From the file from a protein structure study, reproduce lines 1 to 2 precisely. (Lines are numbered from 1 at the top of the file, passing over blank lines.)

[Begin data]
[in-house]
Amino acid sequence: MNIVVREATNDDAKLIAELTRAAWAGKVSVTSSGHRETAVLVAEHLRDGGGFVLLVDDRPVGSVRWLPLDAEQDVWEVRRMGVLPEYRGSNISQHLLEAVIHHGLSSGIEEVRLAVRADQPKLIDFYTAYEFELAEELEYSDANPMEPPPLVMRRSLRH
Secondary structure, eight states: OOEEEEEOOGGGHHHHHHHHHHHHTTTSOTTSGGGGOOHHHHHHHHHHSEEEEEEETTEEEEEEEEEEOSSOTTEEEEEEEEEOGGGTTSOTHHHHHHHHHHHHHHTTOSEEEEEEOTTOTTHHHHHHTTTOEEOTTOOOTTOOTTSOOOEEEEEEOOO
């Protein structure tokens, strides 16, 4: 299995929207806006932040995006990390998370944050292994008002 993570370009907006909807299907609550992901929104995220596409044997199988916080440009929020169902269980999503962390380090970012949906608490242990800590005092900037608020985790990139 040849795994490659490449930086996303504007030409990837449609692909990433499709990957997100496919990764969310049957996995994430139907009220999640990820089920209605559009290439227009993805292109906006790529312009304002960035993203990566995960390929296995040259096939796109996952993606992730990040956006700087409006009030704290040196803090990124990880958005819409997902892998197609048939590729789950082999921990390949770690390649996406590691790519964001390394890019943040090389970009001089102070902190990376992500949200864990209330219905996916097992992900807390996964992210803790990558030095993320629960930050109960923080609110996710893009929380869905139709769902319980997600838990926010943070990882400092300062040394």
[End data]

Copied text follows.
[in-house]
Amino acid sequence: MNIVVREATNDDAKLIAELTRAAWAGKVSVTSSGHRETAVLVAEHLRDGGGFVLLVDDRPVGSVRWLPLDAEQDVWEVRRMGVLPEYRGSNISQHLLEAVIHHGLSSGIEEVRLAVRADQPKLIDFYTAYEFELAEELEYSDANPMEPPPLVMRRSLRH